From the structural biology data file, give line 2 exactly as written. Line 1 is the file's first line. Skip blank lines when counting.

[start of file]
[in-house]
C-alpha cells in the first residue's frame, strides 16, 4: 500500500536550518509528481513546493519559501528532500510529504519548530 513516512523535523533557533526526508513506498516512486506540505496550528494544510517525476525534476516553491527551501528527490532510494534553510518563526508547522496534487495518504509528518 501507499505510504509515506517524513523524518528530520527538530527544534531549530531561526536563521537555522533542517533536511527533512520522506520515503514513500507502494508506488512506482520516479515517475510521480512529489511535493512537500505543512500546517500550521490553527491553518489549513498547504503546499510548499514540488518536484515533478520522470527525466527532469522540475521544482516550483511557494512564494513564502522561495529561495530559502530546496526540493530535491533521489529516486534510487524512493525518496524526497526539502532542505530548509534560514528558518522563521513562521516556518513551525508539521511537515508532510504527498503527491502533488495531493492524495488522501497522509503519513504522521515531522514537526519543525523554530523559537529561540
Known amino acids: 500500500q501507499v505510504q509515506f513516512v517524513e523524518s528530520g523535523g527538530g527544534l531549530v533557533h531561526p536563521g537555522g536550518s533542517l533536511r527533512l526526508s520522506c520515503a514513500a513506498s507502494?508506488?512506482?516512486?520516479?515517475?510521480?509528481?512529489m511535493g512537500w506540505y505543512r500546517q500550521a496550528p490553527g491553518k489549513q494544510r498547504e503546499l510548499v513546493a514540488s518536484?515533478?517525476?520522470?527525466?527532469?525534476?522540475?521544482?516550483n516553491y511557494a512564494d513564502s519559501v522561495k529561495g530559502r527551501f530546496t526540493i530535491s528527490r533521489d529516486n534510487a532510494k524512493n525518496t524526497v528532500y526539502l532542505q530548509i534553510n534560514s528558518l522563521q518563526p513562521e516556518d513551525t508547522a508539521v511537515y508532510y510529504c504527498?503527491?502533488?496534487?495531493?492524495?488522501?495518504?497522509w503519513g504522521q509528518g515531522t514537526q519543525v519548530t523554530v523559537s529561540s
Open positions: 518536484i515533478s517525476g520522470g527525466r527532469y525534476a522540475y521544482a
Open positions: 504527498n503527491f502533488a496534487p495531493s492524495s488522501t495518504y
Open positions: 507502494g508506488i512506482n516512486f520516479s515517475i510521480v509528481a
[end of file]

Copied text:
C-alpha cells in the first residue's frame, strides 16, 4: 500500500536550518509528481513546493519559501528532500510529504519548530 513516512523535523533557533526526508513506498516512486506540505496550528494544510517525476525534476516553491527551501528527490532510494534553510518563526508547522496534487495518504509528518 501507499505510504509515506517524513523524518528530520527538530527544534531549530531561526536563521537555522533542517533536511527533512520522506520515503514513500507502494508506488512506482520516479515517475510521480512529489511535493512537500505543512500546517500550521490553527491553518489549513498547504503546499510548499514540488518536484515533478520522470527525466527532469522540475521544482516550483511557494512564494513564502522561495529561495530559502530546496526540493530535491533521489529516486534510487524512493525518496524526497526539502532542505530548509534560514528558518522563521513562521516556518513551525508539521511537515508532510504527498503527491502533488495531493492524495488522501497522509503519513504522521515531522514537526519543525523554530523559537529561540